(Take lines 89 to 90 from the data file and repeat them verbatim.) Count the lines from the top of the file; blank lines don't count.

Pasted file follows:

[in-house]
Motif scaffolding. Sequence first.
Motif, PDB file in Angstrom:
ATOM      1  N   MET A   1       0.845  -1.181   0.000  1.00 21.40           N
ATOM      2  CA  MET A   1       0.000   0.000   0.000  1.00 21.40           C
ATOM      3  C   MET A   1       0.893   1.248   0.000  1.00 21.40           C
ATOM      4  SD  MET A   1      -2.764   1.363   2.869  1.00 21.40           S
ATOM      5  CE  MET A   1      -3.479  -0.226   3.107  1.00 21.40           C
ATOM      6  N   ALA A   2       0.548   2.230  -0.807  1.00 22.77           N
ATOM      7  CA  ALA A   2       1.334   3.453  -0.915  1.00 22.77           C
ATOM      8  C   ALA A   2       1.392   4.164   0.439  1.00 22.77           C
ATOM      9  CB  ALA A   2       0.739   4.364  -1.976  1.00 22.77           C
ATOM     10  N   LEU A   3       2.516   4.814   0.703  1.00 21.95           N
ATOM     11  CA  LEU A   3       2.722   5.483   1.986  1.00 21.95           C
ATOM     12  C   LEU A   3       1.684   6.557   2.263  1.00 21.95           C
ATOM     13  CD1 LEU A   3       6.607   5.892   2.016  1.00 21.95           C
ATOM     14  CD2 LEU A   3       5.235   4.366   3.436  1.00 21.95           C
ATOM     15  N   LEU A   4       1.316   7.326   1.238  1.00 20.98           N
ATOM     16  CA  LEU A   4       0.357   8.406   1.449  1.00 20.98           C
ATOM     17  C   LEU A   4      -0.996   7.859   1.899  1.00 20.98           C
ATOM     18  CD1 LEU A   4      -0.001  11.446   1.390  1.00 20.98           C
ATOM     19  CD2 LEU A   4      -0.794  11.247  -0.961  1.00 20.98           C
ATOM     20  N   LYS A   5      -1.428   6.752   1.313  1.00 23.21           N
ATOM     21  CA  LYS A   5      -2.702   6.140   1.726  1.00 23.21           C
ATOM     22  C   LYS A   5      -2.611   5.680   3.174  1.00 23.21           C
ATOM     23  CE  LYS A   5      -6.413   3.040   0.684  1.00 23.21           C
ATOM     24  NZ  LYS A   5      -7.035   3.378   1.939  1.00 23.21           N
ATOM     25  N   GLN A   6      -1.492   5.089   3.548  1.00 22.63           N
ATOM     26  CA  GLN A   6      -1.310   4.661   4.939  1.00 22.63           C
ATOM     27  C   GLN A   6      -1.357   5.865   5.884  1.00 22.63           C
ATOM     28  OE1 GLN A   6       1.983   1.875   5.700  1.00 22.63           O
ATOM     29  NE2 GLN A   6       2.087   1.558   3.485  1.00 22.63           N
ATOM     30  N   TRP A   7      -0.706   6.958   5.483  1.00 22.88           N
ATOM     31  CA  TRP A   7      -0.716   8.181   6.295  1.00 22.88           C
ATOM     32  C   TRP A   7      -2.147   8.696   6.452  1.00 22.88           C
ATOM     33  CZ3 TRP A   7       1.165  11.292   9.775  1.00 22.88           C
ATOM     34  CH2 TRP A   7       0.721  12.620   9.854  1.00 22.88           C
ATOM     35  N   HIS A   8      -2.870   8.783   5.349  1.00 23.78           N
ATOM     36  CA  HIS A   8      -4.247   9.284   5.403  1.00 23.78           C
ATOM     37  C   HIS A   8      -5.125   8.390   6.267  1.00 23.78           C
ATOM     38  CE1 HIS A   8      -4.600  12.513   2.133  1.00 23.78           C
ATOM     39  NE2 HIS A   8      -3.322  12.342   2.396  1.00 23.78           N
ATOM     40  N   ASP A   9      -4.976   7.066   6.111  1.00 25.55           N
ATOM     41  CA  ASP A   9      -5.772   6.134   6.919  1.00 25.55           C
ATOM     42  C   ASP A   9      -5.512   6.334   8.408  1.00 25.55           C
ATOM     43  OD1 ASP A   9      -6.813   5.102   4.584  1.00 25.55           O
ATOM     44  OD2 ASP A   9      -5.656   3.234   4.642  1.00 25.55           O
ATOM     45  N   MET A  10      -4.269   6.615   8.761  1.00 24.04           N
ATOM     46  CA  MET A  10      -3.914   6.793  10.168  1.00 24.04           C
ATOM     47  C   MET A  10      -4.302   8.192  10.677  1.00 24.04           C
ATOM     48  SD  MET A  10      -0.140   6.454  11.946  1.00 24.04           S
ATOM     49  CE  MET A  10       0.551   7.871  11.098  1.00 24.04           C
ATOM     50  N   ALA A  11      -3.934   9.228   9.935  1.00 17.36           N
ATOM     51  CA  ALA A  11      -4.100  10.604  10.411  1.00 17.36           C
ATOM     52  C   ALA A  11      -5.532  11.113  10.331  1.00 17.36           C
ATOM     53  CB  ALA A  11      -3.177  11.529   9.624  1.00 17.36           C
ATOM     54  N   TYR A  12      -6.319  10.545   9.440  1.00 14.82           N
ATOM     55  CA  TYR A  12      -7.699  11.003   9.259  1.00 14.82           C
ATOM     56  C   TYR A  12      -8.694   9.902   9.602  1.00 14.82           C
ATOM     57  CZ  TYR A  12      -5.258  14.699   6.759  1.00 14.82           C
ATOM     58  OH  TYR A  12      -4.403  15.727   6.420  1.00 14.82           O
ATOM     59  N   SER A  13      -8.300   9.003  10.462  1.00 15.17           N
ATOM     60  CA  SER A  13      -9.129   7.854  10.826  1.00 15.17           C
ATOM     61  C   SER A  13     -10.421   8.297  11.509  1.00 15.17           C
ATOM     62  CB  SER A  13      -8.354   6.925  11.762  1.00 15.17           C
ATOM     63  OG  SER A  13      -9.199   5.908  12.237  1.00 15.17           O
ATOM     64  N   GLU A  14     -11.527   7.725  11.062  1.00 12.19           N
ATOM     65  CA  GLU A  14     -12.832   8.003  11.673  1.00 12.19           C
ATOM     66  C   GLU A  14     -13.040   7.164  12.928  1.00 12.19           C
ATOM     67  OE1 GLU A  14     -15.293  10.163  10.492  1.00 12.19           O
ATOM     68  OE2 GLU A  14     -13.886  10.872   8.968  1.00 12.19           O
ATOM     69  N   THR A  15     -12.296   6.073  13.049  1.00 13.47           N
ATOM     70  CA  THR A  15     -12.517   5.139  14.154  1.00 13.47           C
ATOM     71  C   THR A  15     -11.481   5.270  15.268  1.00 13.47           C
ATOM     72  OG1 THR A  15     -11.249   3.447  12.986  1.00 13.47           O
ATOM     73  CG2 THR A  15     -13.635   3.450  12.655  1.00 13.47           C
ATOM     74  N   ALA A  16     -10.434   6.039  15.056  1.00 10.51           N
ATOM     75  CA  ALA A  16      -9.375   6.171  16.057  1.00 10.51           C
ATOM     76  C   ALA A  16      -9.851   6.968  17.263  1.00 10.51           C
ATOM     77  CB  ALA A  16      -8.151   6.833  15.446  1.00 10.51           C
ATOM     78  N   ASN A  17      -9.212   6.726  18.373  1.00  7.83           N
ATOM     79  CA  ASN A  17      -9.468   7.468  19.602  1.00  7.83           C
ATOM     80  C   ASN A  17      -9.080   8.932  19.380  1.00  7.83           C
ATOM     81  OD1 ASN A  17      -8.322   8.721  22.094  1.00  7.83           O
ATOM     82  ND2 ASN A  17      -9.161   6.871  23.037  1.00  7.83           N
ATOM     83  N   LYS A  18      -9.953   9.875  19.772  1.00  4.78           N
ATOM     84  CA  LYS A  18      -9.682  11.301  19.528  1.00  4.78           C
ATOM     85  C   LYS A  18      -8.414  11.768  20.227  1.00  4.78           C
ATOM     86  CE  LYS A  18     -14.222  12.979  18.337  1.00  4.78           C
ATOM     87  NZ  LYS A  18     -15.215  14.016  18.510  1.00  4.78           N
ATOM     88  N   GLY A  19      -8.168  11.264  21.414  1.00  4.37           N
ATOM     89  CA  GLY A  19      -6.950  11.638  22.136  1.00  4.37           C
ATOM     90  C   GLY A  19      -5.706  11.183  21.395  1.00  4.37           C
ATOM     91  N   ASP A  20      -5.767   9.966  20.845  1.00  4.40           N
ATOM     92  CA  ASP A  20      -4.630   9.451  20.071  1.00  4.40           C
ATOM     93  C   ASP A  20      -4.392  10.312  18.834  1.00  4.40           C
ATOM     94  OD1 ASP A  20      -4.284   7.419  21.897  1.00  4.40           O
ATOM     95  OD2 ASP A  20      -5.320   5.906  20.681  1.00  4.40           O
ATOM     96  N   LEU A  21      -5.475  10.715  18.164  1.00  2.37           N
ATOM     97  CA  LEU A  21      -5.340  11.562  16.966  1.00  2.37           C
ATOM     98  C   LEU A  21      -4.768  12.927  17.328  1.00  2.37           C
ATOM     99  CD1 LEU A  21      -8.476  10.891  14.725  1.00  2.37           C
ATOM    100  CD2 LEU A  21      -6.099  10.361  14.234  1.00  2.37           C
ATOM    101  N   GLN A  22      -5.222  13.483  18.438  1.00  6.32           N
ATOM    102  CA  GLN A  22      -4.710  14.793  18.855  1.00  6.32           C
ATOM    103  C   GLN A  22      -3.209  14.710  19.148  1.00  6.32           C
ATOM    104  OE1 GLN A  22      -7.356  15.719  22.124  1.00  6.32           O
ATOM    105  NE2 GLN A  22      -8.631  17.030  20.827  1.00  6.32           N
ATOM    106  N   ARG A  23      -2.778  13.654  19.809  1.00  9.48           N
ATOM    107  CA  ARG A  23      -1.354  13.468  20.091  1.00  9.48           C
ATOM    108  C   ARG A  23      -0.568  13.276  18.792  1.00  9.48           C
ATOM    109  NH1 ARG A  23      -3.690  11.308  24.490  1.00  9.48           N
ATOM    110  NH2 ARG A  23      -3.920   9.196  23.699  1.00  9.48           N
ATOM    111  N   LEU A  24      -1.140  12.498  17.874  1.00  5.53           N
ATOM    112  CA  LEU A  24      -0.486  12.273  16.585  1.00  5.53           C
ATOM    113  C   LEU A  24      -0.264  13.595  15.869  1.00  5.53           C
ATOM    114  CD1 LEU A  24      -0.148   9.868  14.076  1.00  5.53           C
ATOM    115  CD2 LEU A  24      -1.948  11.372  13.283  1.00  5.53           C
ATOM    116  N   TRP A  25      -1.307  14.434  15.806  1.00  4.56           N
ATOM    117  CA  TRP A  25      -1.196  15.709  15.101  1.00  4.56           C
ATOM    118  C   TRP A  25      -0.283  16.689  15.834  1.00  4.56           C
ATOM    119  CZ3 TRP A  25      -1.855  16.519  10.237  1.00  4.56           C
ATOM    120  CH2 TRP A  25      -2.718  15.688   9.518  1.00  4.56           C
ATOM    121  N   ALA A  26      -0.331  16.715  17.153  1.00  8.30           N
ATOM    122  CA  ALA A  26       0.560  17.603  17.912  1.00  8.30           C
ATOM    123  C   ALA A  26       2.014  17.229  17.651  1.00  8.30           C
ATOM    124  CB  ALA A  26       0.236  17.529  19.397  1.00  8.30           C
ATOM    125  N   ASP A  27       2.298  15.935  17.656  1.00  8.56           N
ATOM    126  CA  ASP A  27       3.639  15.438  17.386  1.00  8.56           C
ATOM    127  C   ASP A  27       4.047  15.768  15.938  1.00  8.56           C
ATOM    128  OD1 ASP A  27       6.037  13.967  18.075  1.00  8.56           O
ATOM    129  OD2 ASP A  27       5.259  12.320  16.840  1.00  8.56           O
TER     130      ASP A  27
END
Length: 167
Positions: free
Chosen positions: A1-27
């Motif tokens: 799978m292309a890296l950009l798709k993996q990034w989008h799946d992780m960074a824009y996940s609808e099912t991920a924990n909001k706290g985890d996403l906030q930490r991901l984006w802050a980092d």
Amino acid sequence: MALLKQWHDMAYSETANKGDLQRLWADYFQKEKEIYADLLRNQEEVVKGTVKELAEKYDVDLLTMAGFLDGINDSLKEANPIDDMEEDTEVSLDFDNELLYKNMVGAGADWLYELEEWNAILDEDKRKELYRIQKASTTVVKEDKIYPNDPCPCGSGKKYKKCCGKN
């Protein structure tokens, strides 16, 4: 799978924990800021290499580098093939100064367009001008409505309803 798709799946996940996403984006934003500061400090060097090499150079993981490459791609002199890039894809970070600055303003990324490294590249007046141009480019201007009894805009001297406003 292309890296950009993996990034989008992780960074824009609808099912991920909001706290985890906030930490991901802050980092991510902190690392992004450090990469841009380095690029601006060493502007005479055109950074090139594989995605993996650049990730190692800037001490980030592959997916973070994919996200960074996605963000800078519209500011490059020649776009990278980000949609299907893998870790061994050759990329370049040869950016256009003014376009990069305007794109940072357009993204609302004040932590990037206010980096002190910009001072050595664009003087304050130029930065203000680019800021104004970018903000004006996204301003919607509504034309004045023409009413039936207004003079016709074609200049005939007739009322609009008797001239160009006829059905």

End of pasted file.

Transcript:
ATOM     86  CE  LYS A  18     -14.222  12.979  18.337  1.00  4.78           C
ATOM     87  NZ  LYS A  18     -15.215  14.016  18.510  1.00  4.78           N